Thursday, February 25, 2016

Bill Mitchell — The British Monetarist infestation

I have been on the search for historical turning points again today. The famous Mitterand austerity turn in 198Z is one of these points. Another, which I will consider today, was the British Labour Prime Minster James Callaghan’s speech to Labour Party Conference held at Blackpool on September 28, 1976 was laced with pro-Monetarist assertions that have been used by many on the Left as being defining points in the decline of the state to run independent domestic policy aimed at maintaining full employment. This is a further instalment of my next book on globalisation and the capacities of the nation-state, which I am working on with Italian journalist Thomas Fazi. We expect to finalise the manuscript in May 2016. Today, I am writing about the background events that turned Britain on to Monetarism. Margaret Thatcher was, in fact, a ‘johnny-come-lately’ in this respect. The British Labour Party were infested with the Monetarist virus in the late 1960s and Callaghan’s 1976 Speech just consolidated what had been happening over the decade prior. Further, it was not the oil crisis in the early 1970s that provided the open door for governments to reject Keynesian policy. In Britain, the Treasury and Bank of England were captivated by the ideas of Milton Friedman some years prior to the OPEC price push.…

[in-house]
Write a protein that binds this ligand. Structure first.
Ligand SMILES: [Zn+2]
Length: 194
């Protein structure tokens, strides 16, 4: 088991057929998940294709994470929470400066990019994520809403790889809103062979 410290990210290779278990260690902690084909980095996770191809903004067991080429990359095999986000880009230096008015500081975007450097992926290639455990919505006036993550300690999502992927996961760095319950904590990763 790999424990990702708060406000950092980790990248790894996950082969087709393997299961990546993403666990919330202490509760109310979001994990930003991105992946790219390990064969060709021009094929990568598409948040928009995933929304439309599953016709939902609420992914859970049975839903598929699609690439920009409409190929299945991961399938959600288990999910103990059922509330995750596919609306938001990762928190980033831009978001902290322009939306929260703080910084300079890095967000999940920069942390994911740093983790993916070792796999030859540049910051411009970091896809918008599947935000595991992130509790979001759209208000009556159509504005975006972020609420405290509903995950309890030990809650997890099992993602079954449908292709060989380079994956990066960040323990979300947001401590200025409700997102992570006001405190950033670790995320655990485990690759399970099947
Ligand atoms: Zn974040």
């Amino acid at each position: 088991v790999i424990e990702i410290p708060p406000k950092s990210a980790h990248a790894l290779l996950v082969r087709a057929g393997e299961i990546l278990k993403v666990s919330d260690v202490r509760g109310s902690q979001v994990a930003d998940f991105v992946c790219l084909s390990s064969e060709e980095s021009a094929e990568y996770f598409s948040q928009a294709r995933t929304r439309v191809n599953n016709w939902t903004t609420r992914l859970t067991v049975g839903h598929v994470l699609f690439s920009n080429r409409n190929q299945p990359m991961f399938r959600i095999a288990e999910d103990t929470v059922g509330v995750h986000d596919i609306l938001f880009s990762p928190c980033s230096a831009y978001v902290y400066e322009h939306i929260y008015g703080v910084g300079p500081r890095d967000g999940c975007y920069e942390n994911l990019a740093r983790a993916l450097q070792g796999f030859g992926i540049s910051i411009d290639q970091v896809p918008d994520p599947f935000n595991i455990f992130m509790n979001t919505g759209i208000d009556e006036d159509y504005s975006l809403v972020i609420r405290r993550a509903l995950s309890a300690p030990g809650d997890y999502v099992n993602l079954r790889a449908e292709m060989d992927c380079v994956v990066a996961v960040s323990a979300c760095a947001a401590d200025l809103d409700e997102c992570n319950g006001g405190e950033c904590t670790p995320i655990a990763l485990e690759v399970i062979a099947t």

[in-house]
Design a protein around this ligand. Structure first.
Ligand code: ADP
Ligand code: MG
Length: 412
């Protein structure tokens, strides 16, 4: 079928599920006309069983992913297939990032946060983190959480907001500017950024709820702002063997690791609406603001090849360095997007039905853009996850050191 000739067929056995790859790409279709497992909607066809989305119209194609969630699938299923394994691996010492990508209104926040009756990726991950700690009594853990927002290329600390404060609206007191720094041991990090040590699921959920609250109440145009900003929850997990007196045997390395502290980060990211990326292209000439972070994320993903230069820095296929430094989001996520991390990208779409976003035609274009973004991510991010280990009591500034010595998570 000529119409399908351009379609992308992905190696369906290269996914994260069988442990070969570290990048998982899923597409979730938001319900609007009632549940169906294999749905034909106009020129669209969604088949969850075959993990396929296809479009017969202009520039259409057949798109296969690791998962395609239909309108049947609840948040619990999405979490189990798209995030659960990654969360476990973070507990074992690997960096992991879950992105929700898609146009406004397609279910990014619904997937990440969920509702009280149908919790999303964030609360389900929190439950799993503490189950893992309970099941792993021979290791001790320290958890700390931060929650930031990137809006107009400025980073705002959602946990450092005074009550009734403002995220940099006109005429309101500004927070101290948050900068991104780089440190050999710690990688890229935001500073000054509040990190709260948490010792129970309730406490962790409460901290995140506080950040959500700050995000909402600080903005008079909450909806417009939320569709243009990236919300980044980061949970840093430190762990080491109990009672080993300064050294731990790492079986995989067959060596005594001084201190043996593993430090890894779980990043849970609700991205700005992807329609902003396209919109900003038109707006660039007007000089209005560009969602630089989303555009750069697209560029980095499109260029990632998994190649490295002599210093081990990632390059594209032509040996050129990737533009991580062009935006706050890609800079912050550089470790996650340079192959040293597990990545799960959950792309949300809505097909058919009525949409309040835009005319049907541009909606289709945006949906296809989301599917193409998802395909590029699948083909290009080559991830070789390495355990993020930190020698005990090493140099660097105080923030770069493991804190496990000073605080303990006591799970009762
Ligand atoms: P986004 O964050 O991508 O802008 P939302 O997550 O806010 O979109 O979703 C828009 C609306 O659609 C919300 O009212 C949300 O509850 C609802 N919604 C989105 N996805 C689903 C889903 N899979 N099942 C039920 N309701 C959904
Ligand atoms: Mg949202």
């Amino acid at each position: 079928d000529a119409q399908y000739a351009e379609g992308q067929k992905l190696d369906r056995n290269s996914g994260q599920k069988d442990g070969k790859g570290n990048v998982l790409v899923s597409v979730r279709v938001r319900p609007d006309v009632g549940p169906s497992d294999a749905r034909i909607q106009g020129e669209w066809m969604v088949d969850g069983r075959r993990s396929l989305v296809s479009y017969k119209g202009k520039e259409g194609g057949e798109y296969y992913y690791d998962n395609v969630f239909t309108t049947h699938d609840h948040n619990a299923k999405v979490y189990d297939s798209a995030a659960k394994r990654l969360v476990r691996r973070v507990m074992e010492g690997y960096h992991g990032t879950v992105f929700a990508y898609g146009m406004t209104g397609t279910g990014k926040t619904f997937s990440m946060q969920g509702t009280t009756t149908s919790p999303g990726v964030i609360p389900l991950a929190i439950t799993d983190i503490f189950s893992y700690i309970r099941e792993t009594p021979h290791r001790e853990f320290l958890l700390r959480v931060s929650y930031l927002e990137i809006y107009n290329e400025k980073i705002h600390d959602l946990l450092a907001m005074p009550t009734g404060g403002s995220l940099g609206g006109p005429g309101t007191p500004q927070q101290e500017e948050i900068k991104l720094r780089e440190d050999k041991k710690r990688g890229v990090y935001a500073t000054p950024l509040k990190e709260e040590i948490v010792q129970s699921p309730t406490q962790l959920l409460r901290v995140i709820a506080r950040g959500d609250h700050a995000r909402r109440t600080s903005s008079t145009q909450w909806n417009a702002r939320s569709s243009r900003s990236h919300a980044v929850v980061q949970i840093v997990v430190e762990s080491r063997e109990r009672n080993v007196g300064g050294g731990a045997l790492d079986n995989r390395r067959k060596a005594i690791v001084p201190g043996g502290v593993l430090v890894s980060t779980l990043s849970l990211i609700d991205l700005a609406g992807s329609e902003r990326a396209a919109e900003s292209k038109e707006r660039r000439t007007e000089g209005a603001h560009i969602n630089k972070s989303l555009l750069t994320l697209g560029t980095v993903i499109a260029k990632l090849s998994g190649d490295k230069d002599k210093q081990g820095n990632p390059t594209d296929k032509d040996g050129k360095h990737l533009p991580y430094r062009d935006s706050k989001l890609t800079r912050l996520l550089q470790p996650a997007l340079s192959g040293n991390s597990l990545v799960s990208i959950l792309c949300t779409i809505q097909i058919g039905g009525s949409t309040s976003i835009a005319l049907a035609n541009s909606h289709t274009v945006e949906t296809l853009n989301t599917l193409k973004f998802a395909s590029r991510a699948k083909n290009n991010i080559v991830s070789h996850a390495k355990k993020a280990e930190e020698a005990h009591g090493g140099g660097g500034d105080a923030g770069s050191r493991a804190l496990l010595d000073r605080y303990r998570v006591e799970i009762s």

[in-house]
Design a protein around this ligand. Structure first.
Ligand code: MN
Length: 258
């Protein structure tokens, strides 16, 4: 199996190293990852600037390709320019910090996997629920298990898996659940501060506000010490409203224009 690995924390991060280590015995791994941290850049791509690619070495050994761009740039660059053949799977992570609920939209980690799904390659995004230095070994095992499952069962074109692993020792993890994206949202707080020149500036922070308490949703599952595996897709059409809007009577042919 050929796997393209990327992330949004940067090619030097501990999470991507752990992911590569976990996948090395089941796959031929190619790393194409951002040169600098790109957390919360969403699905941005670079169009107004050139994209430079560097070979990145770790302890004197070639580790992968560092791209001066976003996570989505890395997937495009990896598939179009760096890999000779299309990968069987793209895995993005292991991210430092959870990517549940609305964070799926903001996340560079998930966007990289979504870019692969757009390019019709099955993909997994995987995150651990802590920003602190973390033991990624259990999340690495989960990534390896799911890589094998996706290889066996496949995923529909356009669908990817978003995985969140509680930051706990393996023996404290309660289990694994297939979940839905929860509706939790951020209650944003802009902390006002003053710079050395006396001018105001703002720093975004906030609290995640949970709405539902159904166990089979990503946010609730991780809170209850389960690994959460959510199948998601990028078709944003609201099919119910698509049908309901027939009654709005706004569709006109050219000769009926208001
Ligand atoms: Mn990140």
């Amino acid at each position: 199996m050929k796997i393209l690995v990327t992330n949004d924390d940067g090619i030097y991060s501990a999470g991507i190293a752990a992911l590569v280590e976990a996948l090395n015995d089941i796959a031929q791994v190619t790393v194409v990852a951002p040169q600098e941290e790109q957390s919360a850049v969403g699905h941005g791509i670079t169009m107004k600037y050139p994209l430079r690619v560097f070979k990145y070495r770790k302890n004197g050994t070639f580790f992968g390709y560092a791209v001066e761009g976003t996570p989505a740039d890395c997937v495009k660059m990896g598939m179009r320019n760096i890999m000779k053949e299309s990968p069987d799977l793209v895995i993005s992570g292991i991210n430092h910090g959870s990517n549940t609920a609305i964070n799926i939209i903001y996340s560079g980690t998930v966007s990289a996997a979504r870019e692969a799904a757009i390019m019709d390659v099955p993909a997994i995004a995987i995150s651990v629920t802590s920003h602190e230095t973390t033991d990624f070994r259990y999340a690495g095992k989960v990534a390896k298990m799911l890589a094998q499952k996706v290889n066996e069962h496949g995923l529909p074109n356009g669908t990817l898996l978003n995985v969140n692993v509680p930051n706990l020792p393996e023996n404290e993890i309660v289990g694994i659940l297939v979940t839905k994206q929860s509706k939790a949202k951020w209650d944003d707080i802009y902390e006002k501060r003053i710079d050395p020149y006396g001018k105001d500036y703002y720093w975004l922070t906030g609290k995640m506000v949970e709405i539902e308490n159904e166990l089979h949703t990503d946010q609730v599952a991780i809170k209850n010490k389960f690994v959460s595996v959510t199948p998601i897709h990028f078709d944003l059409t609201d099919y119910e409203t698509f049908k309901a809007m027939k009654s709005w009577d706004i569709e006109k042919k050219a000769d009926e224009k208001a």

Uncle Miltie again. And, no, that's not Milton Berle.

Bill Mitchell – billy blog
The British Monetarist infestation
Bill Mitchell | Professor in Economics and Director of the Centre of Full Employment and Equity (CofFEE), at University of Newcastle, NSW, Australia

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